Tuesday, June 29th 2021, 5:15 am - On this day in weather history, Thomas Jefferson logged his final weather log entry.
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On Thursday, June 29, 1826, Thomas Jefferson (April 13, 1743 – July 4, 1826) recorded his last entry in his weather observation log. This was six days before his death. Jefferson, was a Founding Father of the United States and the country's third president, from 1801 to 1809. He also kept a thorough diary of his meteorological observations.
For more than 50 years, Jefferson actively observed weather to better understand the American climate.
"Thomas Jefferson. Portrait by Rembrandt Peale, 1800. Courtesy of Wikipedia
Jefferson started a meteorological diary before 1776. He recorded Virginia's weather and other climate-related observations at Williamsburg and Monticello.
From 1776 onward, Jefferson kept a consistent record of his weather observations in America, Europe, and around the mid-Atlantic. He noted information like precipitation levels and temperatures.
According to The Jefferson Monticello, the third president shared, "My method is to make two observations a day, the one as early as possible in the morning, the other from 3. to 4. [o']clock, because I have found 4. [o']clock the hottest and day light the coldest point of the 24. hours," adding, "I state them in an ivory pocket book in the following form, and copy them out once a week."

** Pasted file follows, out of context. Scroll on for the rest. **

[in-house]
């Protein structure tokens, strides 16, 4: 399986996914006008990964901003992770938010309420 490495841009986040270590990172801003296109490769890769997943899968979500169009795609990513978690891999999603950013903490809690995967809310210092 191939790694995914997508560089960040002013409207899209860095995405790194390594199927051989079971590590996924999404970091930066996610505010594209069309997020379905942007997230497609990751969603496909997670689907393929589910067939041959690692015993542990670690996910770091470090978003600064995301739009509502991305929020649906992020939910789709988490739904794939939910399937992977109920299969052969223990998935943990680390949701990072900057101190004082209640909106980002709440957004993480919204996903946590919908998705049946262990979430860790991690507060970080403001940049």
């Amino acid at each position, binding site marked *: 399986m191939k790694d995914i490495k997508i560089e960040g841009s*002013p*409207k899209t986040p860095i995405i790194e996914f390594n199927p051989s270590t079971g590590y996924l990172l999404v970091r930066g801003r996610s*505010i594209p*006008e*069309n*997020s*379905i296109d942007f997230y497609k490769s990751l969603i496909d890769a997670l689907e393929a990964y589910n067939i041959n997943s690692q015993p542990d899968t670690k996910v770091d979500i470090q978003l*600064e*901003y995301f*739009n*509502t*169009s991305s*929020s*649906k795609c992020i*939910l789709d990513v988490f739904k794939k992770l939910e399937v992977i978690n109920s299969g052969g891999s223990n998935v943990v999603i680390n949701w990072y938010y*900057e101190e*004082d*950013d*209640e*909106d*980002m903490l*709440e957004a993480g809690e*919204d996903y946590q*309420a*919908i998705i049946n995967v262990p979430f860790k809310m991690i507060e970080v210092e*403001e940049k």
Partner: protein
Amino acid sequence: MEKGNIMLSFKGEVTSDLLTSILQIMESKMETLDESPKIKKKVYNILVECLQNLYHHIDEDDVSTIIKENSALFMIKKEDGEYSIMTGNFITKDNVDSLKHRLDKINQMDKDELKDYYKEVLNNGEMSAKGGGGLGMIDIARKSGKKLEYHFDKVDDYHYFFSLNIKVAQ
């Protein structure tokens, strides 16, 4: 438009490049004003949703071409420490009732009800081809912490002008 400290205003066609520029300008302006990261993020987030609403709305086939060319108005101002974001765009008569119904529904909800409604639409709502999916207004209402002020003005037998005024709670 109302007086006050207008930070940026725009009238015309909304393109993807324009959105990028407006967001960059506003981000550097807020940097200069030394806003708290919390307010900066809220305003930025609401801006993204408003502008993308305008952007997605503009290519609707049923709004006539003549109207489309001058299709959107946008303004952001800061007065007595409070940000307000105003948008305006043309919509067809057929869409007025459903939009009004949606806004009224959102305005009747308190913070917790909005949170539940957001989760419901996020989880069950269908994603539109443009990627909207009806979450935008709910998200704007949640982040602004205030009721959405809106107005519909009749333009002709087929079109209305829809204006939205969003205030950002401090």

Jefferson also tried to record data on wind and humidity but didn't have the perfect tools to do it. The anemometer (the instrument used to measure the speed of the wind) was invented in 1846 and the hygrometer (the instrument used to measure the amount of water vapour in the air) was invented, but it wasn't perfect.
"Thomas Jefferson's weather log book with observations from 1776 [is] part of the U.S. historical climate record." Courtesy of NOAA.
Jefferson thought that meteorology experienced the least progress of any science in his lifetime. He tried to enroll other people to help further data collection. In the 1770s, Jefferson planned to give a thermometer to a deputy in each of Virginia's counties. They were supposed to record their temperature and wind observations twice a day. The project was interrupted by the Revolutionary War.
Jefferson was never able to see a national commitment to weather observations. The National Weather Service now has more than 12,000 stations and credits Jefferson as one of the first to record consistent meteorological diaries.
To learn more about Jefferson's weather diaries, listen to today's episode of "This Day In Weather History."
This Day In Weather History is a daily podcast by The Weather Network that features unique and informative stories from host Chris Mei.
Thumbnail: "Thomas Jefferson's weather log book with observations from 1776 [is] part of the U.S. historical climate record." Courtesy of NOAA.